Flipped Classroom Uses Tech to Personalize Learning

The office of Distance Learning and Instructional Technologies recently acquired two Intuos Pen Tablets by Wacom (Pen & Touch Medium). Pen tablets, also known as digitizing tablets or graphic tablets, are input devices that can be used to substitute or complement a mouse. They’re very popular in the graphic arts field and are considered by some as an indispensable aid for any creative arts professional, allowing for broader pen strokes and fluid arm movements.

It's difficult, with one-size-fits-all lessons, to teach reading, writing and math skills to students with different abilities and needs. The use of this type of instructional technologies at UNT Dallas will give us more time with the students so we can adjust to their learning styles and give them the support they need to achieve the best results. 

This can be a great tool when creating instructional videos and it's the key to taking our online lessons to a new level. With an Intuos pen tablet, a headset and screen capture software we are fully equipped to start a new teaching adventure. Instructors can began recording the lessons they would normally teach in the traditional classroom.

The majority of today’s adults know the old system. The teacher stands in front of the class and tells the students everything they need to learn about the subject. When the students get home, they have to complete assignments to deepen their understanding. Often those who didn’t quite understand or even miss the lecture aren’t able to complete the assignments. At home, there is no teacher to be asked and parents who didn’t attend the lessons often are not able to help.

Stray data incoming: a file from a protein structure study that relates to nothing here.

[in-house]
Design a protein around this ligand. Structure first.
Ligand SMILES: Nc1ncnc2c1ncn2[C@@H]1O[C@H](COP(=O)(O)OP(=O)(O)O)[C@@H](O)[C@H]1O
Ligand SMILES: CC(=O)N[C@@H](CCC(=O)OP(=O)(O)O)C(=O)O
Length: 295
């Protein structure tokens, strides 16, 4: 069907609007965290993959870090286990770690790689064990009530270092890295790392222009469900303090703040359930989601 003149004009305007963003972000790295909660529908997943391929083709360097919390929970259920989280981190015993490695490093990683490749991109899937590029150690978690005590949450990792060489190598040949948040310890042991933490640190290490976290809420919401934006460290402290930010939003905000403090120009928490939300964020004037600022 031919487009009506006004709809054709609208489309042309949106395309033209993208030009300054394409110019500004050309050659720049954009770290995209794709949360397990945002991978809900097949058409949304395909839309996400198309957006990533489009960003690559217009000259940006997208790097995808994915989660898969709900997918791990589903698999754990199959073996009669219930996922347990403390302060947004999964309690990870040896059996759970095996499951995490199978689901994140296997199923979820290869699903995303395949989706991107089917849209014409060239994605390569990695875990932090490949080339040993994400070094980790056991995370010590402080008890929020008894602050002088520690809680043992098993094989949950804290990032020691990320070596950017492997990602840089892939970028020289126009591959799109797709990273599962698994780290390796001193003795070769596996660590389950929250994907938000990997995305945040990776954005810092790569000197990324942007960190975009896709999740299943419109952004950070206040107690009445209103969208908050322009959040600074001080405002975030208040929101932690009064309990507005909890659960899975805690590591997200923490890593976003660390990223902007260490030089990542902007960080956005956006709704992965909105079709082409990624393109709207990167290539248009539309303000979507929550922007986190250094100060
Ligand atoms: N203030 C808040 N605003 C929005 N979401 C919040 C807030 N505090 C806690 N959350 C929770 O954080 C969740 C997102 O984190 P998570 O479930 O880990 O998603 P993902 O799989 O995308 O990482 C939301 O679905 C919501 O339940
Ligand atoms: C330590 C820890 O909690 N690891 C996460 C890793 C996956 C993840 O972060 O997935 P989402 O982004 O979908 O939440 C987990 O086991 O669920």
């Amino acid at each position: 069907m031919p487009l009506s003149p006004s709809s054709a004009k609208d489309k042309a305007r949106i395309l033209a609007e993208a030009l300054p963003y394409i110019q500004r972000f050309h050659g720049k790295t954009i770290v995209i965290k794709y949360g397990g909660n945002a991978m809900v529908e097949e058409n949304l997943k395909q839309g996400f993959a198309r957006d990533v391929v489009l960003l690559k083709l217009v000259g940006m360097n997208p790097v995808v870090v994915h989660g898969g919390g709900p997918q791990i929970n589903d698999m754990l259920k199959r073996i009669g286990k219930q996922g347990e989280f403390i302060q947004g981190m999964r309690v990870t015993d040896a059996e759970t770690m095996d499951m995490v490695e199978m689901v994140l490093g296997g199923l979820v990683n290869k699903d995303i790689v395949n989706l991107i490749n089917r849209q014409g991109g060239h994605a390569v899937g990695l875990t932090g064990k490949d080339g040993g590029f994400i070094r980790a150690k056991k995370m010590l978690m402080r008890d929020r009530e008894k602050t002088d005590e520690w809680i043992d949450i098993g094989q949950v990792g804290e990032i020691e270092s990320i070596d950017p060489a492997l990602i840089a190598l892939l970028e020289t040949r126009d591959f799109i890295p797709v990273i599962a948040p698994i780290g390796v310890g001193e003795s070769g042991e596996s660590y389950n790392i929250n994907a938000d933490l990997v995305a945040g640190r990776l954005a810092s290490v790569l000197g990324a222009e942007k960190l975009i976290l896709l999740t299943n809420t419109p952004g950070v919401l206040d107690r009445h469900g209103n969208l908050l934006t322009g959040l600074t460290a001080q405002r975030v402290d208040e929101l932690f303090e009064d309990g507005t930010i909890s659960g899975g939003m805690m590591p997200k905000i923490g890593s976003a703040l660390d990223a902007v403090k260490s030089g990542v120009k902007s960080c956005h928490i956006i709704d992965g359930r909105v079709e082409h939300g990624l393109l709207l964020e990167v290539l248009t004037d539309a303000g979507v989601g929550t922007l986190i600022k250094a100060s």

Our students won’t have to struggle with these challenges. In our classes, students can watch instructional videos that the instructor recorded, and work with them to on deepen their understanding of the lessons.

Working with a tablet is faster and more efficient than with a mouse. Your hand can travel from point to point on the screen in a single movement instead of repeated slides, as with a conventional mouse. It also allows more natural input for activities such as drawing and photo retouching. Having pressure sensitivity is very handy and most graphic programs can benefit from this input. Touching the tip of the pen on the tablet surface is the equivalent of a click, and the pressure (plus tilt, in more feature-rich models) can be used to vary stroke width, opacity, effect intensity, and other attributes. There are two buttons on the pen and either can be programmed for right click or other commands.

Holding a pen is also much more ergonomic than using a mouse, and most users with repetitive strain injury (RSI) or tendonitis suffer less pain when using a tablet. In my personal case, it completely cured a chronic pain I had in my right wrist. Working with a mouse requires repetitive muscle movements while the rest of the hand keeps still, creating uneven muscle fatigue. A pen, on the other hand, allows you to work in a more relaxed position and eliminates the forearm twisting that strains muscles and tendons. At the end of the day, it feels much more natural and relaxed.

What's Inside

  • Intuos pen and touch tablet
  • Battery free pressure sensitive pen
  • Full downloadable software bundle: Art Rage 3 and Autodesk Sketchbook Express
  • Color identification rings and tags
  • USB cable
  • Quick start guide
  • Software download instructions
  • Installation CD with driver
  • Online user manual and important product information documentation